A very brief summary. Search for more on Albert Einstein

Albert Einstein was a German-born theoretical physicist. He developed the general theory of relativity, one of the two pillars of modern physics. Einstein's work is also known for its influence on the philosophy of science.

In 1895, at the age of 16, Einstein sat for the entrance examinations for the Swiss Federal Polytechnic in Zurich (later the Eidgenossische Technische Hochschule, ETH). He failed to reach the required standard in the general part of the examination, but obtained exceptional grades in physics and mathematics.
On the advice of the principal of the Polytechnic, he attended the Argovian cantonal school (gymnasium) in Aarau, Switzerland, in 1895-96 to complete his secondary schooling.

He was married several times. See Marriages and children wikipedia

In 1900, Einstein's paper "Folgerungen aus den Capillaritaetserscheinungen" ("Conclusions from the Capillarity Phenomena") was published in the prestigious Annalen der Physik. On 30 April 1905, Einstein completed his thesis, with Alfred Kleiner, Professor of Experimental Physics, serving as pro-forma advisor. As a result, Einstein was awarded a PhD by the University of Zuerich, with his dissertation entitled, "A New Determination of Molecular Dimensions.

Einstein spent almost two frustrating years searching for a teaching post.
He finally, with the help of a friends father, secured a job in Bern at the Federal Office for Intellectual Property, the patent office.

He became famous at the age of 26 for a series of four papers in 1905, his "annus mirabilis" (miracle year).

  1. Photons - He proposed the existence of the photon, an elementary particle associated with electromagnetic radiation (light), which was the foundation of quantum theory.
  2. A theory of Brownian motion in terms of fluctuations in the number of molecular collisions with an object, providing further evidence that matter was composed of atoms.
  3. The theory of special relativity, which reconciled the relativity of motion with the observed constancy of the speed of light (a paradox of 19th-century physics)
  4. Mass-energy equivalence - Its relation E=mc2 suggested that matter was a form of energy, which was later verified by the mass defect in atomic nuclei.
Between 1907 and 1915, Einstein developed the theory of general relativity (GR), a classical field theory of gravitation that provides the cornerstone for modern astrophysics and cosmology.
General relativity was the first, and remains the only, theory capable of uniting space, time, mass, energy, motion, and light in a grand vision of the nature and the fate of the cosmos.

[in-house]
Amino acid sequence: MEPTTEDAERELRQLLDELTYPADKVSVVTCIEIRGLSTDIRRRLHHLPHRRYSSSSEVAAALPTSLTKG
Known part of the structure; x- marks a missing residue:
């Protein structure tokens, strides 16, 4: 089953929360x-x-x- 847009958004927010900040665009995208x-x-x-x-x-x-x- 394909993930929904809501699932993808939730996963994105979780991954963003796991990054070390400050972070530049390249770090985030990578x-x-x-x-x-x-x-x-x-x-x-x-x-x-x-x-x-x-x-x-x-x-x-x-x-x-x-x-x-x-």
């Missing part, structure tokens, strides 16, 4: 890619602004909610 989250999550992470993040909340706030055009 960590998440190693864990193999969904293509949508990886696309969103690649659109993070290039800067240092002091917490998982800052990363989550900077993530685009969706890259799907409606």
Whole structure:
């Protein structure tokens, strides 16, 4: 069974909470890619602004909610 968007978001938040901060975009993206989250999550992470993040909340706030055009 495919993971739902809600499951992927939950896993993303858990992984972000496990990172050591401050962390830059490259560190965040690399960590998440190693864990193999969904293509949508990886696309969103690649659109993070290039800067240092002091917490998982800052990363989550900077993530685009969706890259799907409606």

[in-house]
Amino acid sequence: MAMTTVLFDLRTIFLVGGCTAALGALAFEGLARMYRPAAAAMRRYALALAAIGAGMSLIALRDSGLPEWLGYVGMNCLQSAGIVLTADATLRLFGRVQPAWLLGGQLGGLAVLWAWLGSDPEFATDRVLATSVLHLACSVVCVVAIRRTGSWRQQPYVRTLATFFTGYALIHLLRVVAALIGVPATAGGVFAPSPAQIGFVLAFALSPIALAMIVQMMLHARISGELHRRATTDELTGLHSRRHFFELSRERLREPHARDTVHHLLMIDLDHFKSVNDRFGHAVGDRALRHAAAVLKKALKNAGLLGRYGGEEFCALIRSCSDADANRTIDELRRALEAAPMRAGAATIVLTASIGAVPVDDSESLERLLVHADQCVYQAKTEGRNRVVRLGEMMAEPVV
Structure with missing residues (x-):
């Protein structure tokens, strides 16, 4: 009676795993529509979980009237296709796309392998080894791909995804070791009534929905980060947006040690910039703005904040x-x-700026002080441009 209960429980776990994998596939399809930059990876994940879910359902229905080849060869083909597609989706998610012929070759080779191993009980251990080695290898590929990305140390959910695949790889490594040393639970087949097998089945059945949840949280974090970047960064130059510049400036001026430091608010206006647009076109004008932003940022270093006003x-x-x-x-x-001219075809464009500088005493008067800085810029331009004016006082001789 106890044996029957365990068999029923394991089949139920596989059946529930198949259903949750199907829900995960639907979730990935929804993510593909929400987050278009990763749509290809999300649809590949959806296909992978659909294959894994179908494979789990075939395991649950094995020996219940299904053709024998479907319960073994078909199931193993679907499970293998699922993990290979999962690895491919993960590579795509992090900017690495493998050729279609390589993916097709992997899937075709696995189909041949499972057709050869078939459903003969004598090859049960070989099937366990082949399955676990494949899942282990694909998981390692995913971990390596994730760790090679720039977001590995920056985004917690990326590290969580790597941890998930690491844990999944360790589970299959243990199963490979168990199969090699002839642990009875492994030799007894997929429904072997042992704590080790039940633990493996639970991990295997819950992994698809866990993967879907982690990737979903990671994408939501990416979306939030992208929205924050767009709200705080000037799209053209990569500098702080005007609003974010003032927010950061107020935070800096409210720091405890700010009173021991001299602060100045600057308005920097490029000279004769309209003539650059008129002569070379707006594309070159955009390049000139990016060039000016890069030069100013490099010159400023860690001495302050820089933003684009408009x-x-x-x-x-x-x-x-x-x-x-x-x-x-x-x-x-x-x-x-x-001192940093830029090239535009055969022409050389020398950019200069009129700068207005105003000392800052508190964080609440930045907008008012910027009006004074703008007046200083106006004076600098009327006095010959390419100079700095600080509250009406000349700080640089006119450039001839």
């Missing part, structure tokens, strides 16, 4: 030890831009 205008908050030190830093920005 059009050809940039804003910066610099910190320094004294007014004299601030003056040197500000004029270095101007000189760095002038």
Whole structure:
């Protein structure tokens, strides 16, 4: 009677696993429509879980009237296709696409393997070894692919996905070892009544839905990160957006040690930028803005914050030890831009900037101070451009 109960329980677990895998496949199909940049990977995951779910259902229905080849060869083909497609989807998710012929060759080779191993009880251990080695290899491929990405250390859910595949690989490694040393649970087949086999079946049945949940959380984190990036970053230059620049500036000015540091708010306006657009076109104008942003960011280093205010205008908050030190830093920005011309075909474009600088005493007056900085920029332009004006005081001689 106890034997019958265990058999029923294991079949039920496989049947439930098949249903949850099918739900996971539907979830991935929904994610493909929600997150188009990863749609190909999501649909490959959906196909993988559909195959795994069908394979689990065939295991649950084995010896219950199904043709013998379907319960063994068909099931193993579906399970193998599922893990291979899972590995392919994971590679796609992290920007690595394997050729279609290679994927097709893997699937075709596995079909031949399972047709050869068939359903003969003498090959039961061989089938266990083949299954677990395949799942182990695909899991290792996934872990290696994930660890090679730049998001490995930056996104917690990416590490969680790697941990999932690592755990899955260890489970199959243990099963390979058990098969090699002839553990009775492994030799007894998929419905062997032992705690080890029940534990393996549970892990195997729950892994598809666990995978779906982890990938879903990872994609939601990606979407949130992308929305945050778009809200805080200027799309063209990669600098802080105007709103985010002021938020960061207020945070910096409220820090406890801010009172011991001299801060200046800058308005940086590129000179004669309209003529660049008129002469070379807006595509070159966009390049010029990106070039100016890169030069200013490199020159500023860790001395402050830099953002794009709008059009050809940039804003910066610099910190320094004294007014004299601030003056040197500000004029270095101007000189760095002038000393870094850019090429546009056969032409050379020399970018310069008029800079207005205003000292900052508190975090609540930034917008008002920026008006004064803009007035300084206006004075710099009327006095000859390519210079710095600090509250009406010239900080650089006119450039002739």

By 1912, Einstein was actively seeking a theory in which gravitation was explained as a geometric phenomenon.
He began by exploring the use of general covariance (which is essentially the use of curvature tensors) to create a gravitational theory.
Tensors are geometric objects that describe linear relations between geometric vectors, scalars, and other tensors.
When Einstein realized that general covariance was actually tenable, he quickly completed the development of the field equations that are named after him. However, he made a now-famous mistake. The equations lead to inconsistencies.
Einstein went back to work and in 1915 presented the corrected Einstein field equations to the Prussian Academy of Sciences.

In 1917 he turned to a consideration of the spacetime structure of the whole universe. He then encountered a problem. Einstein was assuming that, when suitably averaged over many stars, the universe is uniform and essentially static, but the equations of general relativity did not seem to allow a time-independent solution for a universe with a uniform distribution of matter. So Einstein modified his equations, by including a new term involving a quantity that he called the cosmological constant. Then it was discovered that the universe is not static, but expanding. Einstein came to regret that he had needlessly mutilated his original theory. It may also have bothered him that he had missed pre- dicting the expansion of the universe.

See The Master's Mistakes | DiscoverMagazine.com

GR predicted the deflection of light by massive bodies.
German astronomer Erwin Finlay-Freundlich publicized Einstein's challenge to scientists around the world. This urged astronomers to detect the deflection of light during a solar eclipse.
In 1917 several astronomers tried to prove this and claimed to disprove Einstein's prediction.
However, in May 1919, a team led by the British astronomer Arthur Stanley Eddington claimed to have confirmed Einstein's prediction of gravitational deflection of starlight by the Sun while photographing a solar eclipse with dual expeditions in Sobral, northern Brazil, and Principe, a west African island.

See: History of general relativity - Wikipedia

In 1921 he received the Nobel Prize in Physics for his 1909 work showing that the photon carries momentum as well as energy and that electromagnetic radiation must have both particle-like and wave-like properties if Planck's law holds; this was a forerunner of the principle of wave-particle duality.

In February 1933 while on a visit to the United States, Einstein knew he could not return to Germany with the rise to power of the Nazis under Germany's new chancellor, Adolf Hitler.
He returned to Belgium and immediately went to the German consulate and turned in his passport, formally renouncing his German citizenship.
Einstein's works were among those targeted by Nazi book burnings, with Nazi propaganda minister Joseph Goebbels proclaiming, "Jewish intellectualism is dead."

He went to England and worked to get Jewish scientists out of Germany.

In October 1933 Einstein returned to the U.S. and took up a position at the Institute for Advanced Study (in Princeton, New Jersey)

Search for more on Albert Einstein
The Master's Mistakes | DiscoverMagazine.com

last updated 16 Feb 2016